This toasted peanut butter and jelly sandwich makes the perfect lunch for kids. It’s a great sandwich to send to school and the toasted bread helps prevent a soggy sandwich. Plus, you get to add a little butter to the toast and everyone loves butter!
This is a sponsored conversation written by me on behalf of The J.M. Smucker Company. The opinions and text are all mine.
Toasted Peanut Butter and Jelly Sandwich
Lucian has actually been done with school for a couple of weeks and has just started a recreational program at the school. He goes to the pool 3 days out of the week which he loves but it must work every ounce of food off of him. By lunchtime, he is starving and needs something with sustenance. These Toasted Peanut Butter and Jelly Sandwiches seriously powers his day. A big bottle of water helps too.
They’re giving him swimming lessons at the pool which I’m pumped about. He has a 3 piece floatie set that allows him to swim on his own, so he tells everyone that he can swim. I had to drill it into his brain that he can’t tell the teachers that he knows how to swim because he won’t have his floatie device. Talk about super paranoid that he would strut into the pool super confident and refuse swimming lessons because he already knows how.
I’ve noticed that everyone makes their peanut butter and jelly sandwiches just a little different. Whether it’s cut diagonal or in half, it’s crustless, toasted, or just has extra peanut butter on it, everyone likes them just a little different. I remember the first time my husband cut a sandwich and I nearly had a meltdown. Bear with me, I was only 18 at the time. He cut his right down the center rather than diagonal. Who does that? Okay, probably most people.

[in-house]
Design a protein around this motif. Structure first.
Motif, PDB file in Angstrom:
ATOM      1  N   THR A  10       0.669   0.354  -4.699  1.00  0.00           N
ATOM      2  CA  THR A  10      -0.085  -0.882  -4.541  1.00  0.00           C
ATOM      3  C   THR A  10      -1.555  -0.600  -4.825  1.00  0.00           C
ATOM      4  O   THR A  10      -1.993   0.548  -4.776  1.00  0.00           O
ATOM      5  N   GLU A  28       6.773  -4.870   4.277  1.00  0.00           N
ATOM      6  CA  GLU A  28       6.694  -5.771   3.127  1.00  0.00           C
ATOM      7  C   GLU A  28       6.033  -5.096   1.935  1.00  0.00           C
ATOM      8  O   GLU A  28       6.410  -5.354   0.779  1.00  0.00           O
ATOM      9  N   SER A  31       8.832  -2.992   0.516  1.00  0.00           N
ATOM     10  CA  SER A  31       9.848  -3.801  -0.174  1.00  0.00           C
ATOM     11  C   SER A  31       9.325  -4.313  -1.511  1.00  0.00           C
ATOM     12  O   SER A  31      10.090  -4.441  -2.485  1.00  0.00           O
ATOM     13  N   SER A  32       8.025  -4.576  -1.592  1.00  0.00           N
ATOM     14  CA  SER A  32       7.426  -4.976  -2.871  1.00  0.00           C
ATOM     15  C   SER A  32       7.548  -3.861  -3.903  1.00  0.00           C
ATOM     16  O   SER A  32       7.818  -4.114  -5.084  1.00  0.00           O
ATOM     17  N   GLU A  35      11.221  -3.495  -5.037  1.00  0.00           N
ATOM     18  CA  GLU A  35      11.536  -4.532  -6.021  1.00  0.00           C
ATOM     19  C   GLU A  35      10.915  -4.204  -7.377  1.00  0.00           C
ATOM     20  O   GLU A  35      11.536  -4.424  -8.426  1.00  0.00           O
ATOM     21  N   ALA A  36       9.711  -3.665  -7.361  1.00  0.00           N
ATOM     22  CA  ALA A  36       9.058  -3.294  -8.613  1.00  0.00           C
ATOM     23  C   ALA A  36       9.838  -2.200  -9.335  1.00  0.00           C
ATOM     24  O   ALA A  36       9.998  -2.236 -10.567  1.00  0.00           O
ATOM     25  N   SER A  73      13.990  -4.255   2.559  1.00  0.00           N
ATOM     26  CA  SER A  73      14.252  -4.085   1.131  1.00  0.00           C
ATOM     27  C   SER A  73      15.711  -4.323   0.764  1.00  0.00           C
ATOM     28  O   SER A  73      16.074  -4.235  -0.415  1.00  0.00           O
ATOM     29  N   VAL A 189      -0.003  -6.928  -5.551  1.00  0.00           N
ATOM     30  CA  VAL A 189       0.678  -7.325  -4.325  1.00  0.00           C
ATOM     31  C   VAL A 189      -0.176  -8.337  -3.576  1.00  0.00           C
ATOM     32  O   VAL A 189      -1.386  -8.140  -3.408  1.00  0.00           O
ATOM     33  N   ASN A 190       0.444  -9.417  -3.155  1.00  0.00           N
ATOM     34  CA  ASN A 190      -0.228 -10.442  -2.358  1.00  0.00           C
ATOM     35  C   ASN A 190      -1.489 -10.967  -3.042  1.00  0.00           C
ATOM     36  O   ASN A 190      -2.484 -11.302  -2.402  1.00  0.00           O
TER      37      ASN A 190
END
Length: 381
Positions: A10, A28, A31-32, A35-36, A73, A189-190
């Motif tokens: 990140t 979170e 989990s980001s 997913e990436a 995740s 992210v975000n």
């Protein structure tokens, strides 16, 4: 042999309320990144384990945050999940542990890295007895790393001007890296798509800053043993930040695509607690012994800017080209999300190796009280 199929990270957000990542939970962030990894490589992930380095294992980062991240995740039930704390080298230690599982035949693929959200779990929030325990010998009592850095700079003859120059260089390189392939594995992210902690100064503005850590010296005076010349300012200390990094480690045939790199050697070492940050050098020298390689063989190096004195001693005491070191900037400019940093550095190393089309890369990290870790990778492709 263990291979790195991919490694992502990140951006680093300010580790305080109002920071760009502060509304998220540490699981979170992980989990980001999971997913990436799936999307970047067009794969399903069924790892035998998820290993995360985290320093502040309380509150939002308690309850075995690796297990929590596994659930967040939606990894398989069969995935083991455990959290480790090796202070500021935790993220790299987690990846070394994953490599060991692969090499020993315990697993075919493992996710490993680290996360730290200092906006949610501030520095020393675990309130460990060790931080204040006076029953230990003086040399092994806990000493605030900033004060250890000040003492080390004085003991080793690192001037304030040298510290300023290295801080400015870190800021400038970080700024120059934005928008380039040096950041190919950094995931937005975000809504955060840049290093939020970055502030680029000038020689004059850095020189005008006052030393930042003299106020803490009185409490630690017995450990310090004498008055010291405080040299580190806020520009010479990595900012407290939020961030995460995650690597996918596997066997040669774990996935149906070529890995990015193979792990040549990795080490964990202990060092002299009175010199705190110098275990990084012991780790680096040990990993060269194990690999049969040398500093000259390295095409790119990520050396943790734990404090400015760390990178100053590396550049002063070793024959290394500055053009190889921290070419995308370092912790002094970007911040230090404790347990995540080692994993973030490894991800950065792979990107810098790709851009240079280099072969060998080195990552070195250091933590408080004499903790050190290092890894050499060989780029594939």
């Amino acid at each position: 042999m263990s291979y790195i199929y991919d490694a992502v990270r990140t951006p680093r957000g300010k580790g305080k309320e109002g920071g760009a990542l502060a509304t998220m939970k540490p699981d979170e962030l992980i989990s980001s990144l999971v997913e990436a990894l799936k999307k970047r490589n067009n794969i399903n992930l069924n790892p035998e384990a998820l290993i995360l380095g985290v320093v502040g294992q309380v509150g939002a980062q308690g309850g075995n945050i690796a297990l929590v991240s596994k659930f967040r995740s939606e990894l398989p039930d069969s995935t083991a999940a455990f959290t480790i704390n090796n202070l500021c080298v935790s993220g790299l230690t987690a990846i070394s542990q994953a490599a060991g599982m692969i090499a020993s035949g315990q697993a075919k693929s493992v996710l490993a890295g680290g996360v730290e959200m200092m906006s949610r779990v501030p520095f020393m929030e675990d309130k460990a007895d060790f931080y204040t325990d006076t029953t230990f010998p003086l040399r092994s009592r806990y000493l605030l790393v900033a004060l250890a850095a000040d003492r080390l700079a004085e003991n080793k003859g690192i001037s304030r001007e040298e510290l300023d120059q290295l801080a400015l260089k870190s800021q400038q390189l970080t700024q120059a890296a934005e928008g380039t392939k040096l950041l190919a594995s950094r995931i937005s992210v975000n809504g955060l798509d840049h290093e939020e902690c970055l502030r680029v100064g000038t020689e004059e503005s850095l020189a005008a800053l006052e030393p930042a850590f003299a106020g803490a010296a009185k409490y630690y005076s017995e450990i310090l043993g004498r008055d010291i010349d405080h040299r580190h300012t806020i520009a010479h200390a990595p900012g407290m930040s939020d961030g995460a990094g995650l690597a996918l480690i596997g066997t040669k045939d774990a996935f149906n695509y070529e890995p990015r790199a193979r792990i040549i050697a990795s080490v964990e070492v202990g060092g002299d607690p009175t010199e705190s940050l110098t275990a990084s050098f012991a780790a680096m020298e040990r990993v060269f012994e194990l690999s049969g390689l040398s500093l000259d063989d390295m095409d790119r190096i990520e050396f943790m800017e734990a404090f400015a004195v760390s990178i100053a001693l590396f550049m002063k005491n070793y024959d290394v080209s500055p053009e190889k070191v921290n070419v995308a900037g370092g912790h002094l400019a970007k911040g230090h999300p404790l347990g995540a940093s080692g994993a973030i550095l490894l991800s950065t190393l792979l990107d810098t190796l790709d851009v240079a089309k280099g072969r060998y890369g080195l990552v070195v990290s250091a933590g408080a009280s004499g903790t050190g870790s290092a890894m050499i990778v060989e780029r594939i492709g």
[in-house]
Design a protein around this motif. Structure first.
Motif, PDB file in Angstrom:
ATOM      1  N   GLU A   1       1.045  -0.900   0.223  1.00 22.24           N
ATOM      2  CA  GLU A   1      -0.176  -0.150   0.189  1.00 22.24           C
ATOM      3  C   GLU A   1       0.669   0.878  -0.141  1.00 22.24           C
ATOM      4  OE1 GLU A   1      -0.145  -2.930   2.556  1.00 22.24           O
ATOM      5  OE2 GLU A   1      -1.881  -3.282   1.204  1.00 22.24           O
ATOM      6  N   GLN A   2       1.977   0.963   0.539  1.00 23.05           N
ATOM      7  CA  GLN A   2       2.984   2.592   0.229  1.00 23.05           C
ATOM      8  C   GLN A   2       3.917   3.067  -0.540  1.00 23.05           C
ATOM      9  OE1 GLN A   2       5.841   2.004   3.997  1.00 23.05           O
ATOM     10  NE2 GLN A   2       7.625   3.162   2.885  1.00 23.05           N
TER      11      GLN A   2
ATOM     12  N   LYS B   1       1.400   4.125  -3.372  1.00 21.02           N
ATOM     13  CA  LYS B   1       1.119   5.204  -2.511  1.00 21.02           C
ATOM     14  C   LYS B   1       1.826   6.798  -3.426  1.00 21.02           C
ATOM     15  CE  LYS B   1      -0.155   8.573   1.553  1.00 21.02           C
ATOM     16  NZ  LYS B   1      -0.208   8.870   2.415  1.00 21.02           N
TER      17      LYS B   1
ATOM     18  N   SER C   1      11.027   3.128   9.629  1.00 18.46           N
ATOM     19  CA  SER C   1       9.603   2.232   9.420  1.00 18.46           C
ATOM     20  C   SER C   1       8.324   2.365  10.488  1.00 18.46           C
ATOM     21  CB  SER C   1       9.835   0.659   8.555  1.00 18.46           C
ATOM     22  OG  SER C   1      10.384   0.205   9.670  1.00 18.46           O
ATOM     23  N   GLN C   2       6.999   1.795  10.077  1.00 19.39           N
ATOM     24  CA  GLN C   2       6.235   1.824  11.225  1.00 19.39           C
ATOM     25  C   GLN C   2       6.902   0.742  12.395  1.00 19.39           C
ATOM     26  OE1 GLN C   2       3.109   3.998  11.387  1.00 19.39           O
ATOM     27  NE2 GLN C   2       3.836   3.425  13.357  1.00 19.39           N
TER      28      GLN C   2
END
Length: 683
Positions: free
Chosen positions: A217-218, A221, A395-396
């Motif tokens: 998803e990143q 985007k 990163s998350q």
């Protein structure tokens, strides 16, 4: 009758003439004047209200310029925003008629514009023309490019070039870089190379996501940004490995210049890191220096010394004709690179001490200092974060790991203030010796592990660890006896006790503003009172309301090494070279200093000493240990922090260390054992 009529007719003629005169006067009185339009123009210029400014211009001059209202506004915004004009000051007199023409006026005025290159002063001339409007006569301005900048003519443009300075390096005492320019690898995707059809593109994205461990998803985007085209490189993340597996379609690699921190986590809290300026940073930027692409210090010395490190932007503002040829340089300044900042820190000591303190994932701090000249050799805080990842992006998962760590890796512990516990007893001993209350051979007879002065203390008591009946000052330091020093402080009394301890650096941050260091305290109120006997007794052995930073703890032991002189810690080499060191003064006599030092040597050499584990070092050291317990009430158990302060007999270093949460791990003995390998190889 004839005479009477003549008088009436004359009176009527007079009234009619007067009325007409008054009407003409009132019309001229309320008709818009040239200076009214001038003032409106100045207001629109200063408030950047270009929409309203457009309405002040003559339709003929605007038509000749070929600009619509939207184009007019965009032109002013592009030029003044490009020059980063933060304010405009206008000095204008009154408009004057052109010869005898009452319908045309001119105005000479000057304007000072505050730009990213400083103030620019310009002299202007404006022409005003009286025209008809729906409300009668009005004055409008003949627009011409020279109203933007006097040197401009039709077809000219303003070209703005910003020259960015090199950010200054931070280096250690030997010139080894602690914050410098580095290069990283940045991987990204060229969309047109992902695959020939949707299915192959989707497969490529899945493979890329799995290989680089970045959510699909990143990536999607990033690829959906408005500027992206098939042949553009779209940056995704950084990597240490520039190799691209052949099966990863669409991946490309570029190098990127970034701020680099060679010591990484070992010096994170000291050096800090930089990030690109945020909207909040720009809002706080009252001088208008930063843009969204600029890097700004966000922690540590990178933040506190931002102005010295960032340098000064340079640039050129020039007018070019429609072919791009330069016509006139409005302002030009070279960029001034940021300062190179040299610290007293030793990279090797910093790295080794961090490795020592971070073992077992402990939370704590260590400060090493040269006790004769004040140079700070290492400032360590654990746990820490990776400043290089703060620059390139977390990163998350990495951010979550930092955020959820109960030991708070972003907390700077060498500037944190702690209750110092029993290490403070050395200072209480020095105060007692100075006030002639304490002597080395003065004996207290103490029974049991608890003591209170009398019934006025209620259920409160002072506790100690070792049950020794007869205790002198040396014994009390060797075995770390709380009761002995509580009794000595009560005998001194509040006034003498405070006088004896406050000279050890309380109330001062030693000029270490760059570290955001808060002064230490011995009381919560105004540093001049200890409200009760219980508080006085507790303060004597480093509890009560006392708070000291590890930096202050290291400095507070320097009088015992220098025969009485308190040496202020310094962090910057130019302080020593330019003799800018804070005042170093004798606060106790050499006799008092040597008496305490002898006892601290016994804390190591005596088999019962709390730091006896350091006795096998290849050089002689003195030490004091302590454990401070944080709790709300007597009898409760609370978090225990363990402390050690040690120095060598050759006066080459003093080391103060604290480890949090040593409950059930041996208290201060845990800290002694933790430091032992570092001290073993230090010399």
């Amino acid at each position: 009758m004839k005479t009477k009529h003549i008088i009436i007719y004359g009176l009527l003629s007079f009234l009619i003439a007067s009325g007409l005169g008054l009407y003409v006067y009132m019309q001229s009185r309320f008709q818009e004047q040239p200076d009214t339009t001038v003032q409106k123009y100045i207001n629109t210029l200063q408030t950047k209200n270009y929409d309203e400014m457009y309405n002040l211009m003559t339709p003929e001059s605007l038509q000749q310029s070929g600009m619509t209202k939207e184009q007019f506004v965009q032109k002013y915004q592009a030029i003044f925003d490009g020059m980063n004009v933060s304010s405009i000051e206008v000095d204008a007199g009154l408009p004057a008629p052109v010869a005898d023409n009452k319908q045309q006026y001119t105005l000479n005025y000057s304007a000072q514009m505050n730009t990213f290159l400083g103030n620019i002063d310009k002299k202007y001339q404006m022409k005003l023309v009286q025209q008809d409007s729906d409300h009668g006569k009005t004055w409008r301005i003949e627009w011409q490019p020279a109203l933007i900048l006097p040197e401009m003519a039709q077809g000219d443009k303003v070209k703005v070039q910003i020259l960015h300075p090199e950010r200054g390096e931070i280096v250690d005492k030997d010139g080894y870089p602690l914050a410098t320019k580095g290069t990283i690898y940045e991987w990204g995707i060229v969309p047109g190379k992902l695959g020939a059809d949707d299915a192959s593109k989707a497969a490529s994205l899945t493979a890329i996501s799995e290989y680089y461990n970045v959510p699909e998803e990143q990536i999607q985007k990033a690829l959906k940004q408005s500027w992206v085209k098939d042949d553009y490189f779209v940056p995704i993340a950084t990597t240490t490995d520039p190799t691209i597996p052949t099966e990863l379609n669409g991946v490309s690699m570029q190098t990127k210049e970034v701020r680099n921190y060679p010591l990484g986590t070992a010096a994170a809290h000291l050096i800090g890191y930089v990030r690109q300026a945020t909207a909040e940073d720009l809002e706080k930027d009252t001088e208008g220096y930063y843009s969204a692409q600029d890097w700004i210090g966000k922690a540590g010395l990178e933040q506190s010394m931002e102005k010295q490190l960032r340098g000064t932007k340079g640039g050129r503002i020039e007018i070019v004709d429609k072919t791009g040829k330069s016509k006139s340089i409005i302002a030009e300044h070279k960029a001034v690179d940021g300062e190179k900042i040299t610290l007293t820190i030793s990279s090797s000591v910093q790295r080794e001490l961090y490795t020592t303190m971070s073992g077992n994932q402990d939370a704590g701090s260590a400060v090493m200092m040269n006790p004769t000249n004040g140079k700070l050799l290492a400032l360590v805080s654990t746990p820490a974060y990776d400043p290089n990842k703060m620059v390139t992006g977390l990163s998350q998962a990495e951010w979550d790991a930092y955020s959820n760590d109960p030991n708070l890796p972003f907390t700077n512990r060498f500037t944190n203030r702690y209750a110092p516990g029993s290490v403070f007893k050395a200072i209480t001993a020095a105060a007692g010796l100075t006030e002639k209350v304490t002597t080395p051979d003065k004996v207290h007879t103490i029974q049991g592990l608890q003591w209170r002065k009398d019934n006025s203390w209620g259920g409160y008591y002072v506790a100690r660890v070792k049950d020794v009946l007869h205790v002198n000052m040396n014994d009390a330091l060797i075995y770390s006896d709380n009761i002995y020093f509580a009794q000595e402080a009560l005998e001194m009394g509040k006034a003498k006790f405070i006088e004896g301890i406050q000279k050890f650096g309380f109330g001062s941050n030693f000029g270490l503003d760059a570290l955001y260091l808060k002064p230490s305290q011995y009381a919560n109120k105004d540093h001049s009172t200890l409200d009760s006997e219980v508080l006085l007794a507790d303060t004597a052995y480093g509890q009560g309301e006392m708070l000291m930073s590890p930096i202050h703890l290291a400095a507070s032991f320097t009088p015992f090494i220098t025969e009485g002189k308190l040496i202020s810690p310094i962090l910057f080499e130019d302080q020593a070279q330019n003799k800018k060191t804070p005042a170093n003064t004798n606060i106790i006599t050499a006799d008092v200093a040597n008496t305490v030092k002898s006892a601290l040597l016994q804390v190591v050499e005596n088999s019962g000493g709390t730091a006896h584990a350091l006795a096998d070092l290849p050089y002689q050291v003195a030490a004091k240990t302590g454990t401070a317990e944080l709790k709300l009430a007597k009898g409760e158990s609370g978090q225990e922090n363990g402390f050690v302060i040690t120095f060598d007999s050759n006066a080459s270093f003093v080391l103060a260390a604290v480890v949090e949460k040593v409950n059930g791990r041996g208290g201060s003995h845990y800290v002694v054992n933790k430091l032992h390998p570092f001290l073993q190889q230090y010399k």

I tend to make my sandwiches two different ways depending on if we’re going to be eating them right away or packing them for a school lunch. Today I’m sharing the school lunch version that I make for Lucian where I lightly toast the bread, add a little bit of butter like you would on toast, and then a decent amount of Jif® Creamy Peanut Butter Peanut Butter and Smucker’s® Strawberry Jam. Call me crazy, but toasting the bread seems to really help prevent the jam from seeping through the bread.
I should make a grilled PB and J at some point to share. Those are highly addictive. I almost ordered one at a food truck this last weekend, but I stayed strong. Besides, I was on a mission to walk the town of yard sales and get a few good deals. I did walk the town, but the deals were pretty sparse.
So about this toasted bread, it will soften up some while it’s sitting in the sandwich bag which is perfect for our little guy. He would probably protest a hard, crunchy sandwich, but I think most kids would. He’s so much like his dad when it comes to food. Me, on the other hand, I will eat just about anything except for seafood. I don’t really like seafood unless it’s deep fried and with tartar sauce or cocktail sauce.
Every time we walk down the aisles of Walmart, I debate on grabbing the Jif® Crunchy Peanut Butter rather than the creamy. The only thing that stops me is that I know I would be the only one to eat it which I can do no problem, but I feel guilty getting a jar just for myself. I could probably just incorporate it into a recipe so I felt less guilty about it. So if you see crunchy peanut butter recipes popping up, you’ll know I took the plunge.
How to make a Toasted Peanut Butter and Jelly Sandwich
Toasted Peanut Butter and Jelly Sandwich
- 2 slices white bread toasted
- 2 tsp. butter or margarine
- 2 T. Jif® Creamy Peanut Butter
- 1 T. Smucker's® Strawberry Jam
- Set the toaster to a light toasting setting and toast just until the bread begins to turn golden brown.
- Immediately butter one side of each of the pieces of toast.
- After letting the butter melt into the bread for about 1 minute. Add a generouus amount of peanut butter on the buttered side of one of the slices of toast.
- Add the jam on the buttered side of the remaining slice of the toast.
- Sandwich together and cut to your liking. Place in a sandwich bag for lunch.
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